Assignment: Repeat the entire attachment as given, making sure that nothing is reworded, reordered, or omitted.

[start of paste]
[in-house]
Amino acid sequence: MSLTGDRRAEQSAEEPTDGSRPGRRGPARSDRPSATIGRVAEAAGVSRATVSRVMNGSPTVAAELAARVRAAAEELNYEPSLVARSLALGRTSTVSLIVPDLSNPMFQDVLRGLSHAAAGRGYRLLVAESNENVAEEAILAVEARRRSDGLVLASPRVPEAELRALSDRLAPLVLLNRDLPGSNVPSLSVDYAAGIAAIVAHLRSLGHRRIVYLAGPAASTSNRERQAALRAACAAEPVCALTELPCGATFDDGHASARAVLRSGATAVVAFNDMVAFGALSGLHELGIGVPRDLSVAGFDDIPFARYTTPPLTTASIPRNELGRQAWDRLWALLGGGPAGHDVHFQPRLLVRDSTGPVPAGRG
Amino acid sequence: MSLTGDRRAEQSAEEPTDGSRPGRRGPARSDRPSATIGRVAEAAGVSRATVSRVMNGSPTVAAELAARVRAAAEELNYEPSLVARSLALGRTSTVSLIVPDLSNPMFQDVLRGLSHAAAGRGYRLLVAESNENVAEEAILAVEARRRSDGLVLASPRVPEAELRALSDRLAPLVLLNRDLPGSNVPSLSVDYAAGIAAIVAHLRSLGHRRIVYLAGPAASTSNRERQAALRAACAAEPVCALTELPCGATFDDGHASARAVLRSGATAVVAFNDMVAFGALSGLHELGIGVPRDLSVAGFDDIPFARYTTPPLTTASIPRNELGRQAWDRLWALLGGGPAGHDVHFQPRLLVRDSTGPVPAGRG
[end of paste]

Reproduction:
[in-house]
Amino acid sequence: MSLTGDRRAEQSAEEPTDGSRPGRRGPARSDRPSATIGRVAEAAGVSRATVSRVMNGSPTVAAELAARVRAAAEELNYEPSLVARSLALGRTSTVSLIVPDLSNPMFQDVLRGLSHAAAGRGYRLLVAESNENVAEEAILAVEARRRSDGLVLASPRVPEAELRALSDRLAPLVLLNRDLPGSNVPSLSVDYAAGIAAIVAHLRSLGHRRIVYLAGPAASTSNRERQAALRAACAAEPVCALTELPCGATFDDGHASARAVLRSGATAVVAFNDMVAFGALSGLHELGIGVPRDLSVAGFDDIPFARYTTPPLTTASIPRNELGRQAWDRLWALLGGGPAGHDVHFQPRLLVRDSTGPVPAGRG
Amino acid sequence: MSLTGDRRAEQSAEEPTDGSRPGRRGPARSDRPSATIGRVAEAAGVSRATVSRVMNGSPTVAAELAARVRAAAEELNYEPSLVARSLALGRTSTVSLIVPDLSNPMFQDVLRGLSHAAAGRGYRLLVAESNENVAEEAILAVEARRRSDGLVLASPRVPEAELRALSDRLAPLVLLNRDLPGSNVPSLSVDYAAGIAAIVAHLRSLGHRRIVYLAGPAASTSNRERQAALRAACAAEPVCALTELPCGATFDDGHASARAVLRSGATAVVAFNDMVAFGALSGLHELGIGVPRDLSVAGFDDIPFARYTTPPLTTASIPRNELGRQAWDRLWALLGGGPAGHDVHFQPRLLVRDSTGPVPAGRG